By this point we were deep in the summer months in Whistler, B.C. We had decided moving to Toronto was the best choice for us. We were down to one income, with Davin’s Short Term Disability payments ending at the end of June, we had both kids in daycare and we were starting to see for the first time in our adult lives that if we continued like this we were going to be in some financial strife quickly.

Managing his medical and disability applications were also incredibly taxing on Davin, and in September I took over full management and advocacy for his medical paper trail. We were banking on Davin’s Long Term Disability claim to be accepted and which would drastically turn things around for us. But, after six months of waiting for a decision, they denied Davin’s claim. We appealed. They denied us again. We appealed again, and one year later we are still waiting.

So now what?

How do we keep going when the concussion and depression continue to hold my husband in captivity of who he once was. How do we raise our kids so they understand what has happened in the last year but remain resilient to times that have been trying for them, and us. How do we show them that we are strong and brave and that we will get through this? That concussion won’t beat us.

I can tell you what we did, and do everyday, to do our best to stay above the concussion and depression. We allow us the power to choose.

Whistler wasn’t working for us at that time, so we chose to leave and went on an adventure, that was healing.

We chose to move across the country to be closer to family for support and for filling our heart up when we needed it.

We choose to ‘move slow to move fast’, words spoken by a wise confidant that have made all the difference for us.

We choose to do only a little bit, and not all of it, and manage each moment for what it is.

I chose to not go back to a job that would take me away from my family 40+ hours a week.

We have battled this brain injury together, but alone

I chose to start a business to create a different path for our family where we can create and grow in line with the pace that Davin’s brain needs to heal.

I have days where I feel so alone, that no one truly understands what it is like.  I have days that are really hard. But despite the torture this last year has been, I have so many things I am grateful for that would not have come to be had this concussion not happened. I have learned, like to no level I’ve known before, what it means to be patient, to have compassion, to listen, to be brave, and to be present.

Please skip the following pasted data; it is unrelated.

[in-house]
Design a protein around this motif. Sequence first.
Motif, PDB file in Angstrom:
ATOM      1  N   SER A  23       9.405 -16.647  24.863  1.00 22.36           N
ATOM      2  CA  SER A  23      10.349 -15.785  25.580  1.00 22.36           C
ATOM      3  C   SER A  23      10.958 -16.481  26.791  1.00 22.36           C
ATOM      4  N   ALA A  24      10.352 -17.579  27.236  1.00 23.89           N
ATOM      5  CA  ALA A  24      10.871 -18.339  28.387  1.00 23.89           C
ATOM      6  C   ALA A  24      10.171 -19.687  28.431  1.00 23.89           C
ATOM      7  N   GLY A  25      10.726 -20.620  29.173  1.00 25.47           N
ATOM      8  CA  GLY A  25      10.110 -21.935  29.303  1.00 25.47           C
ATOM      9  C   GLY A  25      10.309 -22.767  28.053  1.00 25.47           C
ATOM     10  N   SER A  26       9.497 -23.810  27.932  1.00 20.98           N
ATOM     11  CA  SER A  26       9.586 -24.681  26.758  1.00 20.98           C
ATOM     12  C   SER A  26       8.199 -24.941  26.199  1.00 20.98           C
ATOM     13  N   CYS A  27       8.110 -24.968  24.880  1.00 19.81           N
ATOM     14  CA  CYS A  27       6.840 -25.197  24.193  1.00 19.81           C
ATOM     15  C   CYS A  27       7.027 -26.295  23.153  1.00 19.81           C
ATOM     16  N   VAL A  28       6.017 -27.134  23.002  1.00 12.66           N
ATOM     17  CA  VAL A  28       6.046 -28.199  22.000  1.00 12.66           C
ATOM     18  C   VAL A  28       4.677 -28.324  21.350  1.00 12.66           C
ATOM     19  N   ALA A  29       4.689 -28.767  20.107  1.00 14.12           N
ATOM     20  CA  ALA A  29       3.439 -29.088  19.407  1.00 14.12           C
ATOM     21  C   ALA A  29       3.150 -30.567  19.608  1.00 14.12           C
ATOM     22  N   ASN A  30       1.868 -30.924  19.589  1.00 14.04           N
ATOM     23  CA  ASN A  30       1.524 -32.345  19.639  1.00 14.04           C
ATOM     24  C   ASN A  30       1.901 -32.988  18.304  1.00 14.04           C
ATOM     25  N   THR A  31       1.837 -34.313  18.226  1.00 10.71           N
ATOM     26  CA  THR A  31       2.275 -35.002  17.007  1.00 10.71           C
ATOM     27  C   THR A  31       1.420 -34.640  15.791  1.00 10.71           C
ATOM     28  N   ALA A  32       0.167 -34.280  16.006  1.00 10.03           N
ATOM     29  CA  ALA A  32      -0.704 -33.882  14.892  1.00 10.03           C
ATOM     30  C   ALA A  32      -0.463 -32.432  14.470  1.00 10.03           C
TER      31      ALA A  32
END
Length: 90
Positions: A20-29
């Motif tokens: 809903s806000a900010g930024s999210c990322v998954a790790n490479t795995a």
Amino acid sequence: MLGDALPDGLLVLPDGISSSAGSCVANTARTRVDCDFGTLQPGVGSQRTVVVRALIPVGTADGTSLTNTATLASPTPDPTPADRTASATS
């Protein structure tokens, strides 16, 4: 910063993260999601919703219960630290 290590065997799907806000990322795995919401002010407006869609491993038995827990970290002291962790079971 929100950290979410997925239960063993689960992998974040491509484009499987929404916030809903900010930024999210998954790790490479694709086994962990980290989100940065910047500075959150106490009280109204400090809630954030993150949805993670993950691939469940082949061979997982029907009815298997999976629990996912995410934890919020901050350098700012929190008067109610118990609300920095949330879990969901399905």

It’s taken me a long time to open up and allow myself to share the truth of my experience and allow myself to be vulnerable. I hope these words resonate with one of you readers.

Share my story.

Learn about concussions and talk about it, and keep talking about it. More awareness needs to be raised, more understanding about what those who suffer are going through. We need to show more compassion for those that live each day in a fog of their brain injury.  We need more support for ways to manage and cope for those with the injury and the people that are by their side.


Erin is mom to two amazing children, and wife to an incredible husband. She has a love for travel, yoga,and bringing people together on issues that matter. 

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I live with brain injury: walk a mile in my shoes and you will understand

BY: LEAH DANIELLE KARMONA

Living life with a brain injury is difficult. People who do should be commended for trying their best and never ridiculed for their situation.

Everything takes more time to do. Depending on which part of the brain is injured, your hands may not work right, you may have learning challenges, your speech may be hard to understand, mobility may be an issue, you may have personality changes, your reaction time may be slower.

Living with brain injury

Everybody says, ‘Just stay positive about it.’ But they don’t live with a brain injury. People say the most inappropriate things like, “Oh you have got to be less sensitive about this.” They aren’t in my shoes. They have no right to say this. A brain injury can cause massive problems. People don’t realize this until they actually have lived the experience of someone with a brain injury. Then they realize, “Holy Hell!” What did I sign myself up for here? I know nothing about living with a brain injury.”

And then a whole new life begins. People who live with a brain injury are heroes and should be commended for doing their best. Walk a mile in their shoes and you will understand.

 

 

The waves of ABI-related trauma

BY: MARK KONING

If you ask me, any type of brain injury is traumatic, whether it is acquired by a motor vehicle collision, an aneurism, a viral infection etc.